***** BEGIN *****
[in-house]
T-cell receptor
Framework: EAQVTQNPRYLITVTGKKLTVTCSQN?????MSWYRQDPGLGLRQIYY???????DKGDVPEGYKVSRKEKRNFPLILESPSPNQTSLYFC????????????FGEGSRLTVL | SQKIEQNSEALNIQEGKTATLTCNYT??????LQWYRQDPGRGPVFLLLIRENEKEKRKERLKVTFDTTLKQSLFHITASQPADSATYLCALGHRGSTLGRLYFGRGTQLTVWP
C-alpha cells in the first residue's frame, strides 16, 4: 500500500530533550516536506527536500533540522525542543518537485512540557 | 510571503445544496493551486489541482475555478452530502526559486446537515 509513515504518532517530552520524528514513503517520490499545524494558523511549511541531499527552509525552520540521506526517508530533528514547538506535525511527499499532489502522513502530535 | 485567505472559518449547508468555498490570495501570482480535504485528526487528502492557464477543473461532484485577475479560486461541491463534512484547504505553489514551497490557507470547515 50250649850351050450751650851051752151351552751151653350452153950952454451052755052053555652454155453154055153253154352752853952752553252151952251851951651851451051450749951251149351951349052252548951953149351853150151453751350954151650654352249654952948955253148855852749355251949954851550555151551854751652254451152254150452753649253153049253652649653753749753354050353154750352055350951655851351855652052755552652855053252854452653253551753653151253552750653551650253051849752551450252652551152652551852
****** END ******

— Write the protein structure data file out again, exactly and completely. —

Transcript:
[in-house]
T-cell receptor
Framework: EAQVTQNPRYLITVTGKKLTVTCSQN?????MSWYRQDPGLGLRQIYY???????DKGDVPEGYKVSRKEKRNFPLILESPSPNQTSLYFC????????????FGEGSRLTVL | SQKIEQNSEALNIQEGKTATLTCNYT??????LQWYRQDPGRGPVFLLLIRENEKEKRKERLKVTFDTTLKQSLFHITASQPADSATYLCALGHRGSTLGRLYFGRGTQLTVWP
C-alpha cells in the first residue's frame, strides 16, 4: 500500500530533550516536506527536500533540522525542543518537485512540557 | 510571503445544496493551486489541482475555478452530502526559486446537515 509513515504518532517530552520524528514513503517520490499545524494558523511549511541531499527552509525552520540521506526517508530533528514547538506535525511527499499532489502522513502530535 | 485567505472559518449547508468555498490570495501570482480535504485528526487528502492557464477543473461532484485577475479560486461541491463534512484547504505553489514551497490557507470547515 50250649850351050450751650851051752151351552751151653350452153950952454451052755052053555652454155453154055153253154352752853952752553252151952251851951651851451051450749951251149351951349052252548951953149351853150151453751350954151650654352249654952948955253148855852749355251949954851550555151551854751652254451152254150452753649253153049253652649653753749753354050353154750352055350951655851351855652052755552652855053252854452653253551753653151253552750653551650253051849752551450252652551152652551852